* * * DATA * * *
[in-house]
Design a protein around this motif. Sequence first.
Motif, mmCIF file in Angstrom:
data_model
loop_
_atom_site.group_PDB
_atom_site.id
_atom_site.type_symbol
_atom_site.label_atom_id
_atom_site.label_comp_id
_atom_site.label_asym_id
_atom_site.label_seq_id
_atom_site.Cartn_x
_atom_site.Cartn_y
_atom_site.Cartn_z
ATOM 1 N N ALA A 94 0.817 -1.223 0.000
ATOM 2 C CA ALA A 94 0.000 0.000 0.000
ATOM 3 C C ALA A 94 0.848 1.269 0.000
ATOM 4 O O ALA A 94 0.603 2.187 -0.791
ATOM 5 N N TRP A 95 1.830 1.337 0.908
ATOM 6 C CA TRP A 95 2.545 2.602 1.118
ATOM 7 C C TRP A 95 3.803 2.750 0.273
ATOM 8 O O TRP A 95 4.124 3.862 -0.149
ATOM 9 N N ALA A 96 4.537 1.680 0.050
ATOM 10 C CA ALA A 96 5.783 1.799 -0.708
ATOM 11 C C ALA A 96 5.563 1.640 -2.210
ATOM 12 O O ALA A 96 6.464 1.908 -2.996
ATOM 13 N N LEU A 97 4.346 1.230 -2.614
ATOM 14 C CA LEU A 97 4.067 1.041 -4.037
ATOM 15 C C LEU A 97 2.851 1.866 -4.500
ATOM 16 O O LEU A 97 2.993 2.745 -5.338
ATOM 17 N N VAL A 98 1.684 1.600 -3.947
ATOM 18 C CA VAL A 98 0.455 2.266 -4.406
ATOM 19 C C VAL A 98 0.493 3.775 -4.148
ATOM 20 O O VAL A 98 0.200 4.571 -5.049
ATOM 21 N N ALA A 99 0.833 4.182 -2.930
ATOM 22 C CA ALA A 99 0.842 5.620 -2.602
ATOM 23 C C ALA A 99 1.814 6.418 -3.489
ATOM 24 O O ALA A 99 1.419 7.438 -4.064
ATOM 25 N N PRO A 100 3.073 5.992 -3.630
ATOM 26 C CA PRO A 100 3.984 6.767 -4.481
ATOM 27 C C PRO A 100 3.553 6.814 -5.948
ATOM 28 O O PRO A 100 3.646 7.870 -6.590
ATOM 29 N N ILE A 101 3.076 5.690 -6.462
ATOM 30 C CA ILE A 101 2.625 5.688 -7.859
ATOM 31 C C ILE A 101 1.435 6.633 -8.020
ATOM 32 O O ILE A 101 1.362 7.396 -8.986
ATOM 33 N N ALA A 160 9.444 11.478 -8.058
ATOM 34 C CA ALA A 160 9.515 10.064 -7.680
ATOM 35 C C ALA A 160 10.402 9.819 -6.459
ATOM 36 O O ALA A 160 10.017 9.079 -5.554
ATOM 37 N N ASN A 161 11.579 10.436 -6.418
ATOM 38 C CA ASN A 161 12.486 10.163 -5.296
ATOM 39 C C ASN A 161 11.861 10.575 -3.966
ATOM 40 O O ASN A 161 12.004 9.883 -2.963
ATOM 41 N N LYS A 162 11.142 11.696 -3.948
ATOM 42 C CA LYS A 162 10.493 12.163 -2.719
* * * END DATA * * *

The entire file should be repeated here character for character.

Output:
[in-house]
Design a protein around this motif. Sequence first.
Motif, mmCIF file in Angstrom:
data_model
loop_
_atom_site.group_PDB
_atom_site.id
_atom_site.type_symbol
_atom_site.label_atom_id
_atom_site.label_comp_id
_atom_site.label_asym_id
_atom_site.label_seq_id
_atom_site.Cartn_x
_atom_site.Cartn_y
_atom_site.Cartn_z
ATOM 1 N N ALA A 94 0.817 -1.223 0.000
ATOM 2 C CA ALA A 94 0.000 0.000 0.000
ATOM 3 C C ALA A 94 0.848 1.269 0.000
ATOM 4 O O ALA A 94 0.603 2.187 -0.791
ATOM 5 N N TRP A 95 1.830 1.337 0.908
ATOM 6 C CA TRP A 95 2.545 2.602 1.118
ATOM 7 C C TRP A 95 3.803 2.750 0.273
ATOM 8 O O TRP A 95 4.124 3.862 -0.149
ATOM 9 N N ALA A 96 4.537 1.680 0.050
ATOM 10 C CA ALA A 96 5.783 1.799 -0.708
ATOM 11 C C ALA A 96 5.563 1.640 -2.210
ATOM 12 O O ALA A 96 6.464 1.908 -2.996
ATOM 13 N N LEU A 97 4.346 1.230 -2.614
ATOM 14 C CA LEU A 97 4.067 1.041 -4.037
ATOM 15 C C LEU A 97 2.851 1.866 -4.500
ATOM 16 O O LEU A 97 2.993 2.745 -5.338
ATOM 17 N N VAL A 98 1.684 1.600 -3.947
ATOM 18 C CA VAL A 98 0.455 2.266 -4.406
ATOM 19 C C VAL A 98 0.493 3.775 -4.148
ATOM 20 O O VAL A 98 0.200 4.571 -5.049
ATOM 21 N N ALA A 99 0.833 4.182 -2.930
ATOM 22 C CA ALA A 99 0.842 5.620 -2.602
ATOM 23 C C ALA A 99 1.814 6.418 -3.489
ATOM 24 O O ALA A 99 1.419 7.438 -4.064
ATOM 25 N N PRO A 100 3.073 5.992 -3.630
ATOM 26 C CA PRO A 100 3.984 6.767 -4.481
ATOM 27 C C PRO A 100 3.553 6.814 -5.948
ATOM 28 O O PRO A 100 3.646 7.870 -6.590
ATOM 29 N N ILE A 101 3.076 5.690 -6.462
ATOM 30 C CA ILE A 101 2.625 5.688 -7.859
ATOM 31 C C ILE A 101 1.435 6.633 -8.020
ATOM 32 O O ILE A 101 1.362 7.396 -8.986
ATOM 33 N N ALA A 160 9.444 11.478 -8.058
ATOM 34 C CA ALA A 160 9.515 10.064 -7.680
ATOM 35 C C ALA A 160 10.402 9.819 -6.459
ATOM 36 O O ALA A 160 10.017 9.079 -5.554
ATOM 37 N N ASN A 161 11.579 10.436 -6.418
ATOM 38 C CA ASN A 161 12.486 10.163 -5.296
ATOM 39 C C ASN A 161 11.861 10.575 -3.966
ATOM 40 O O ASN A 161 12.004 9.883 -2.963
ATOM 41 N N LYS A 162 11.142 11.696 -3.948
ATOM 42 C CA LYS A 162 10.493 12.163 -2.719